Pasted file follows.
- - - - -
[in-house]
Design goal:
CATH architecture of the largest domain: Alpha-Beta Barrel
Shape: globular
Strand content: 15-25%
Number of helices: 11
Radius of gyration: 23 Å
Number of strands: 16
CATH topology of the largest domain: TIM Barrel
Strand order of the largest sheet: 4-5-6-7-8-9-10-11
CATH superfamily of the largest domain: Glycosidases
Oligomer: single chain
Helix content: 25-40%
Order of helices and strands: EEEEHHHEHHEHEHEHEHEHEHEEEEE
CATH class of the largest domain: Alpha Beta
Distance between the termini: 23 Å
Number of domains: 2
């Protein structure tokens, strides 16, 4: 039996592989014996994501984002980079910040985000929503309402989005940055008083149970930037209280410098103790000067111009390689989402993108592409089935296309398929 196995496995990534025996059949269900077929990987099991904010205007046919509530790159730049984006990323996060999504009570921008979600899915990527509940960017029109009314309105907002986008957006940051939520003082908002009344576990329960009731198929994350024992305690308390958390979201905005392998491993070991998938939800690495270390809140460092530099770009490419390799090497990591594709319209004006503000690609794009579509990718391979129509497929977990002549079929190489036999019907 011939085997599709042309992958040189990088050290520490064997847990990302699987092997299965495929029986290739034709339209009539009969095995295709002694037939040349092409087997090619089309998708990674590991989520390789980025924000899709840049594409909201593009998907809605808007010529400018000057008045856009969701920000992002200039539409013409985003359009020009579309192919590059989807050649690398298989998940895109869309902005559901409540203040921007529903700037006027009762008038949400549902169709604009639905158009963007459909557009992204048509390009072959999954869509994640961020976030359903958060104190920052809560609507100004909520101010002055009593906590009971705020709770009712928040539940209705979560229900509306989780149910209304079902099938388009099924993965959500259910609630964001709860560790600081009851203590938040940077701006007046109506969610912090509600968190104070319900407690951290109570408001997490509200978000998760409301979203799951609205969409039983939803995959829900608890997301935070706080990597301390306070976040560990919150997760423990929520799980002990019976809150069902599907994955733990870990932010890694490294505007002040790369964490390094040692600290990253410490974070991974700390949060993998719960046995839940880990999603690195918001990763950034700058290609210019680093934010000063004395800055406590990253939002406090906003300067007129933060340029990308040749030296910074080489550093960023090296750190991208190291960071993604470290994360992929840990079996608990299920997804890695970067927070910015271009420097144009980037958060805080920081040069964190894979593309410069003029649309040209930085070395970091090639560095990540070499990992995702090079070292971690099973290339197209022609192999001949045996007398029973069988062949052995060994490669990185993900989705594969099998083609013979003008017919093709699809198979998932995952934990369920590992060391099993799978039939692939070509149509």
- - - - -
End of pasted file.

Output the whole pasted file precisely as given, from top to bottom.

[in-house]
Design goal:
CATH architecture of the largest domain: Alpha-Beta Barrel
Shape: globular
Strand content: 15-25%
Number of helices: 11
Radius of gyration: 23 Å
Number of strands: 16
CATH topology of the largest domain: TIM Barrel
Strand order of the largest sheet: 4-5-6-7-8-9-10-11
CATH superfamily of the largest domain: Glycosidases
Oligomer: single chain
Helix content: 25-40%
Order of helices and strands: EEEEHHHEHHEHEHEHEHEHEHEEEEE
CATH class of the largest domain: Alpha Beta
Distance between the termini: 23 Å
Number of domains: 2
């Protein structure tokens, strides 16, 4: 039996592989014996994501984002980079910040985000929503309402989005940055008083149970930037209280410098103790000067111009390689989402993108592409089935296309398929 196995496995990534025996059949269900077929990987099991904010205007046919509530790159730049984006990323996060999504009570921008979600899915990527509940960017029109009314309105907002986008957006940051939520003082908002009344576990329960009731198929994350024992305690308390958390979201905005392998491993070991998938939800690495270390809140460092530099770009490419390799090497990591594709319209004006503000690609794009579509990718391979129509497929977990002549079929190489036999019907 011939085997599709042309992958040189990088050290520490064997847990990302699987092997299965495929029986290739034709339209009539009969095995295709002694037939040349092409087997090619089309998708990674590991989520390789980025924000899709840049594409909201593009998907809605808007010529400018000057008045856009969701920000992002200039539409013409985003359009020009579309192919590059989807050649690398298989998940895109869309902005559901409540203040921007529903700037006027009762008038949400549902169709604009639905158009963007459909557009992204048509390009072959999954869509994640961020976030359903958060104190920052809560609507100004909520101010002055009593906590009971705020709770009712928040539940209705979560229900509306989780149910209304079902099938388009099924993965959500259910609630964001709860560790600081009851203590938040940077701006007046109506969610912090509600968190104070319900407690951290109570408001997490509200978000998760409301979203799951609205969409039983939803995959829900608890997301935070706080990597301390306070976040560990919150997760423990929520799980002990019976809150069902599907994955733990870990932010890694490294505007002040790369964490390094040692600290990253410490974070991974700390949060993998719960046995839940880990999603690195918001990763950034700058290609210019680093934010000063004395800055406590990253939002406090906003300067007129933060340029990308040749030296910074080489550093960023090296750190991208190291960071993604470290994360992929840990079996608990299920997804890695970067927070910015271009420097144009980037958060805080920081040069964190894979593309410069003029649309040209930085070395970091090639560095990540070499990992995702090079070292971690099973290339197209022609192999001949045996007398029973069988062949052995060994490669990185993900989705594969099998083609013979003008017919093709699809198979998932995952934990369920590992060391099993799978039939692939070509149509």